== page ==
For nature lovers in Washington and the surrounding areas, heading to the mountains to take in the fall foliage is the must-go counterpart to the spring-time viewing of the Cherry Tree Blossoms. The numbers aren't as great as those that flock to the Tidal Basin, but lots of leaf peepers pile in their vehicles every autumn for the best place to see the colorful show, the scenic drive along Skyline Drive in Virginia's Shenandoah National Park.
Roberta and I hadn't been in a while so we decided to go yesterday. To get to the Shenandoahs during the peak foliage season, you cross your fingers for good weekend weather luck, take one aspirin for the heavy traffic when it is sunny, and one of two routes from the D.C. area. There's the slower plod along Hiway 211 through Warrenton that leads to the midsection of the range and I-66 to Front Royal which is a faster way that puts you at the range's northern tip.
We've done both, so during the planning stage for this trip, I thought to myself, Wouldn't it be nice to have some sort of an alternative to driving on what will surely be a crowded Skyline Drive?
The answer came in a hiking guide I bought several months ago. Remembering that Paul Elliott's 60 Hikes within 60 Miles had paid dividends for our trip to Cacoctin Mountain Park, I pulled it off the shelf and started looking at his map of hiking spots. Three places - Shenandoah River State Park, Massanutten Mountain and Overall Run/Heiskell Hollow - clustered on the back side of the mountains and near the Shenandoah River caught my eye. Elliott praised two of them, calling Overall Run and Heiskell Hollow a "dream hike venue," and the state park "probably still one of the best-kept secrets."
Sounds like a plan.
We headed out yesterday morning, feeling good to have a sunny and mild day after the rainy and then cold weather this past week. The zip along I-66 was fine except for a 10- minute slowdown at that nasty four lanes down to two, bottleneck west of Manassas. An hour and twenty minutes after leaving the house, we pulled into Front Royal. I had a flashback to Thurmont, but the cars were moving ok.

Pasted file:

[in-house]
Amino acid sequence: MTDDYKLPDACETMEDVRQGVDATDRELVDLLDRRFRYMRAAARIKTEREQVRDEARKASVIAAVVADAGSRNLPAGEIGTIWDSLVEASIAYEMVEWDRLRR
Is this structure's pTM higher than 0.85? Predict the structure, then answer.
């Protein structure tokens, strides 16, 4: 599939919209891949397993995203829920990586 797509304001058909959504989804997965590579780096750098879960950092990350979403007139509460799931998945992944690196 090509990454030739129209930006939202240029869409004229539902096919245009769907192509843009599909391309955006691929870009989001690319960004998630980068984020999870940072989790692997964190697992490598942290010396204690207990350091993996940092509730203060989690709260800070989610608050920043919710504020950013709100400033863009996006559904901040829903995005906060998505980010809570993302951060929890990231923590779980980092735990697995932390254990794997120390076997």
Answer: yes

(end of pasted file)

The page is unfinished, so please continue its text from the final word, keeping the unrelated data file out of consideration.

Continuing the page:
On the web I had scouted out a lunch place, Apartment 2-G on Royal Street (Hiway 340). Major hat tip goes to the Washington Post's food critic Tom Sietsema for his recent review of their place. It's for the dinner place upstairs. We had lunch downstairs at The Element, part of the old two-story house turned into a wine shop, and the two serving areas. We love eating at these type places with the creaky wooden floors, Southern hospitality, reasonable portions and lower prices. I had their delicious tomato-crab-fennel soup, curry chicken salad and a lemonade. Roberta said her pastrami sandwich was excellent.
With the sun warming up the day just right, we hopped back in the car. 5 minutes later we passed by where the stream of cars were turning to head up to Skyline Drive. 10 minutes later we were turning into the state park. Just like the book said, very little traffic.
The park offers a riverside walk and a platform that looks down at the valley and the meandering pristine waters of the river.
Then it was the 10 minute drive to Overall Run. We pooped out before we saw anything except wilderness so that was a disappointment. Overall though, we had a great time. There's nothing like the experience of seeing the brilliant colors on the mountains, especially at an alternative site that offered a more peaceful approach.
Try that with the Cherry Trees…
Photos from Maryland's Sierra Club
Shenandoah Road Trip, Washington Post
Restaurant Reviews for Front Royal